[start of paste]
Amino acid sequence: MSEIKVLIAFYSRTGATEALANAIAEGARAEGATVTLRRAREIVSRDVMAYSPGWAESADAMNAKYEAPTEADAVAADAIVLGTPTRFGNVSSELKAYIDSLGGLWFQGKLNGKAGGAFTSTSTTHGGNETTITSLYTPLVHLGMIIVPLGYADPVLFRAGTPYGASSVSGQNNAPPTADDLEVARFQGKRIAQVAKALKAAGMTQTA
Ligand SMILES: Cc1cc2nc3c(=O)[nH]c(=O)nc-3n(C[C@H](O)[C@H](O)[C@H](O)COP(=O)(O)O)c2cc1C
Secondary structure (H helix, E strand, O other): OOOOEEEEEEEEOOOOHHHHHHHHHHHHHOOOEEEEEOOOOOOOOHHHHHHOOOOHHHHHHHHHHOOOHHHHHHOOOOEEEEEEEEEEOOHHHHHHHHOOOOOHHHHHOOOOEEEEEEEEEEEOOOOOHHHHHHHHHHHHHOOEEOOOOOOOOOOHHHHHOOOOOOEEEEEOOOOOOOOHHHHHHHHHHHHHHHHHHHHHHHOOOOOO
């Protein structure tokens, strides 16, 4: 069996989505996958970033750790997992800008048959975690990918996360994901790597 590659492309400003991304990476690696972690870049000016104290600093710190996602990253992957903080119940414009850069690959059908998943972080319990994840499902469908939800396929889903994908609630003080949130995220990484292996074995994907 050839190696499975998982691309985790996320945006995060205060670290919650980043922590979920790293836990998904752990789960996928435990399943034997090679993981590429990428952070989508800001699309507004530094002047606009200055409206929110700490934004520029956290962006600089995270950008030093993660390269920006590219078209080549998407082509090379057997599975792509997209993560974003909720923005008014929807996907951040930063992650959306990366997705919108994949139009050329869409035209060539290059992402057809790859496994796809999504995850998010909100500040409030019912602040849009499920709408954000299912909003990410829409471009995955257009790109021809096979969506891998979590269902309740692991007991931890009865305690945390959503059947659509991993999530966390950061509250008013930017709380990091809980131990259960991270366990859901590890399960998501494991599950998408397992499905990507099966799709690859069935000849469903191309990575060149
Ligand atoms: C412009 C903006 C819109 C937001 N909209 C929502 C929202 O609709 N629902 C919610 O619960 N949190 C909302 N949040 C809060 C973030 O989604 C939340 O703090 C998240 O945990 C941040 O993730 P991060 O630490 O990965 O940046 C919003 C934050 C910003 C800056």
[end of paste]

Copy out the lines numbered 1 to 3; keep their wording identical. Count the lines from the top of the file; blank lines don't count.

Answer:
Amino acid sequence: MSEIKVLIAFYSRTGATEALANAIAEGARAEGATVTLRRAREIVSRDVMAYSPGWAESADAMNAKYEAPTEADAVAADAIVLGTPTRFGNVSSELKAYIDSLGGLWFQGKLNGKAGGAFTSTSTTHGGNETTITSLYTPLVHLGMIIVPLGYADPVLFRAGTPYGASSVSGQNNAPPTADDLEVARFQGKRIAQVAKALKAAGMTQTA
Ligand SMILES: Cc1cc2nc3c(=O)[nH]c(=O)nc-3n(C[C@H](O)[C@H](O)[C@H](O)COP(=O)(O)O)c2cc1C
Secondary structure (H helix, E strand, O other): OOOOEEEEEEEEOOOOHHHHHHHHHHHHHOOOEEEEEOOOOOOOOHHHHHHOOOOHHHHHHHHHHOOOHHHHHHOOOOEEEEEEEEEEOOHHHHHHHHOOOOOHHHHHOOOOEEEEEEEEEEEOOOOOHHHHHHHHHHHHHOOEEOOOOOOOOOOHHHHHOOOOOOEEEEEOOOOOOOOHHHHHHHHHHHHHHHHHHHHHHHOOOOOO